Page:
Domestic Violence and Abuse Effect on the Relationship was first published to Glendale Arizona Law Offices of Gary Rohlwing



Law Offices of Gary L Rohlwing

7112 N 55th Ave

Glendale, AZ 85301

(623) 937-1692

https://goo.gl/maps/vntMC15aMUG2

from https://www.criminal-duiattorney.com/criminal-defense/domestic-violence/impact-of-domestic-issues-health-damage-family/

Is Littering a Criminal Offense in Arizona?

Littering is causing a lot of environmental pollution. It’s almost impossible to find someone who has never littered at some point in their life and, although it doesn’t seem like a significant crime, littering is a serious offense. Whether deliberately or accidentally, you may have committed the crime of littering.

In most states, littering is a criminal offense punishable by law and Arizona is no exception. The consequences of this offense largely depend on the circumstances of the crime. Most people are still unaware of the severity of the outcomes, while others don’t even know it’s a crime.

Littering Charges

Littering Charges in Arizona

Charges for littering are mainly dependent on the circumstances. Littering is widely classified, and that means there are numerous instances where you may receive criminal littering charges. The criminal statute of Arizona covering polluting or criminal littering is under the code A.R.S. 13-1603. Here are some cases when littering can land you in a criminal court under the law of Arizona:

1. When a person throws, drops, places, or allows dropping on public or private property any waste, injurious and destructive litter, which a person does not remove instantly.

2. When a person releases or allows to be released any oil products, sewage, and harmful substances in water bodies or on beaches inside the state.

3. When a person throws any earth, stones, ores, or minerals on any land.

All these instances are where a person commits criminal littering or polluting without any lawful authority. The consequences of criminal littering consider the weight, the item, and the place on which it happened in Arizona. Criminal littering is punishable as:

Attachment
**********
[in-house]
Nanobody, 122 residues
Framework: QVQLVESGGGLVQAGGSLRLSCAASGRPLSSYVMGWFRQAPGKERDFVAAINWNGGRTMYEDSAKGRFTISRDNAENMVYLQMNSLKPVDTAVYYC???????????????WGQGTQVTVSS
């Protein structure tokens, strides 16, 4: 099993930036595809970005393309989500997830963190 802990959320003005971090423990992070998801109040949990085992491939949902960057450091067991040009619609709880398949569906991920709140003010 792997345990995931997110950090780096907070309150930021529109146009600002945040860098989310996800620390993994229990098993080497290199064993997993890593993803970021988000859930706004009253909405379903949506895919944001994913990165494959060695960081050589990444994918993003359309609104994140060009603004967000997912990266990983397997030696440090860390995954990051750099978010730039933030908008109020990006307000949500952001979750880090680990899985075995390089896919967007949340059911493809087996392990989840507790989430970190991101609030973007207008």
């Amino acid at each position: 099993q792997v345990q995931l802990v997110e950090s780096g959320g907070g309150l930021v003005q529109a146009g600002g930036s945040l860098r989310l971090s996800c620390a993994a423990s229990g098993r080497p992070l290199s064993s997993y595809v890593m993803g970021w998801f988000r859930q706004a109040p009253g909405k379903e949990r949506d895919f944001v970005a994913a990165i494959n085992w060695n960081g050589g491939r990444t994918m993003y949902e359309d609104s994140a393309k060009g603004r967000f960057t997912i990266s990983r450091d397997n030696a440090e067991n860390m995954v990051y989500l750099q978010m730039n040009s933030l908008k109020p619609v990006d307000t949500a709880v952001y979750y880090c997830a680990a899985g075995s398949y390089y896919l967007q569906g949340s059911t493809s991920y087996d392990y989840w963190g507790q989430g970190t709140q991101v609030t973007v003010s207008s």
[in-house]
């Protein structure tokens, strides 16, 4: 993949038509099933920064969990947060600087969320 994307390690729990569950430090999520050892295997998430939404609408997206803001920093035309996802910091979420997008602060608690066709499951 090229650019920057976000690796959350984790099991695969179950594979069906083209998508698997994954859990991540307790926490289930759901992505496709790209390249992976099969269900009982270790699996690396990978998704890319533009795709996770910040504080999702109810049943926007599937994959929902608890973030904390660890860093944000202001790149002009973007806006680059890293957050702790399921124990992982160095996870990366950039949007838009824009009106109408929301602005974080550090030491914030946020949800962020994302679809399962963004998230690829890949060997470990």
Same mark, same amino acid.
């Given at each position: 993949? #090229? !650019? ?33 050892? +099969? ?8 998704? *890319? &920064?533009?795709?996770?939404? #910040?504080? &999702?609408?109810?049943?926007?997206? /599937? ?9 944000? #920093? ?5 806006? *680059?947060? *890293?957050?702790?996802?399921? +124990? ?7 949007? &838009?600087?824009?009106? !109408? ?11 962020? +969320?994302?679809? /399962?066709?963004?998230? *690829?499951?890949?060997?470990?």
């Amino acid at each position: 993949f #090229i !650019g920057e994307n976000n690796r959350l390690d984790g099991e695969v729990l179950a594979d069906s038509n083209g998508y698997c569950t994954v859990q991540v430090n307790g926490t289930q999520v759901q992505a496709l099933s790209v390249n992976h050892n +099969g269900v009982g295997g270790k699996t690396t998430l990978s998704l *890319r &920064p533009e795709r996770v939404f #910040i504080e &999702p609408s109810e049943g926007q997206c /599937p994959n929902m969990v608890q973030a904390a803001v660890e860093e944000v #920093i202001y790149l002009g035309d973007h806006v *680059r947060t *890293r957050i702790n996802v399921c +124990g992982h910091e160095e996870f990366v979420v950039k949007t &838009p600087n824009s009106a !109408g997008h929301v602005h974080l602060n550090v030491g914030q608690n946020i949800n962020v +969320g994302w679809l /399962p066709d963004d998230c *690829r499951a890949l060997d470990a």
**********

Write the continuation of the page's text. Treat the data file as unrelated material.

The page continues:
1. A Class 1 misdemeanor if the person places injurious or destructive material on or at least 50 feet from a highway, shore, or coastline of any waters that the public uses. It is punishable by six months in jail, a fine of $2500, and extra charges.

2. A Class 1 misdemeanor if a person is knowingly in violation and the amount of litter or substances is less than 300 pounds but more than 100 pounds or fewer than 100 cubic feet but more than 35 cubic feet noncommercial purposes.

3. A Class 2 misdemeanor if the act of littering does not apply to any of the other instances. It is punishable by up to 4 months in jail, a $750 fine, and extra charges.

4. A Class 6 felony if a person knowingly violates the law and litter an amount exceeding 300 pounds or 100 cubic feet in volume or it is done for a commercial purpose.

The most frequent form of littering is throwing food products or cigarette butts on the ground. If you throw one from your vehicle on a highway or maybe a beach, it’s a Class 1 misdemeanor. Most of the time, you can be pulled over and handed a ticket if you are caught doing so.

But, many other situations call for felony classifications. The most severe case of littering is a class 1 felony. It applies mostly to companies and not the public.

If you’re a first-time offender, you’ll probably receive a fine and possible other minor punishments. A second-time offender or more repeat charges will face more severe consequences. These include higher fines, stiffer penalties, and having more criminal charges on your record.

It’s advisable to contact a lawyer and discuss your case. They can help you reach an ideal outcome and even help with limiting your charges.

Do you need help from a criminal attorney?

You should take charges of criminal littering seriously. The consequences of this crime are severe in order to curb the act of pollution and illegal dumping. You should, therefore, seek legal services as soon as possible. You may need a criminal lawyer to handle your case.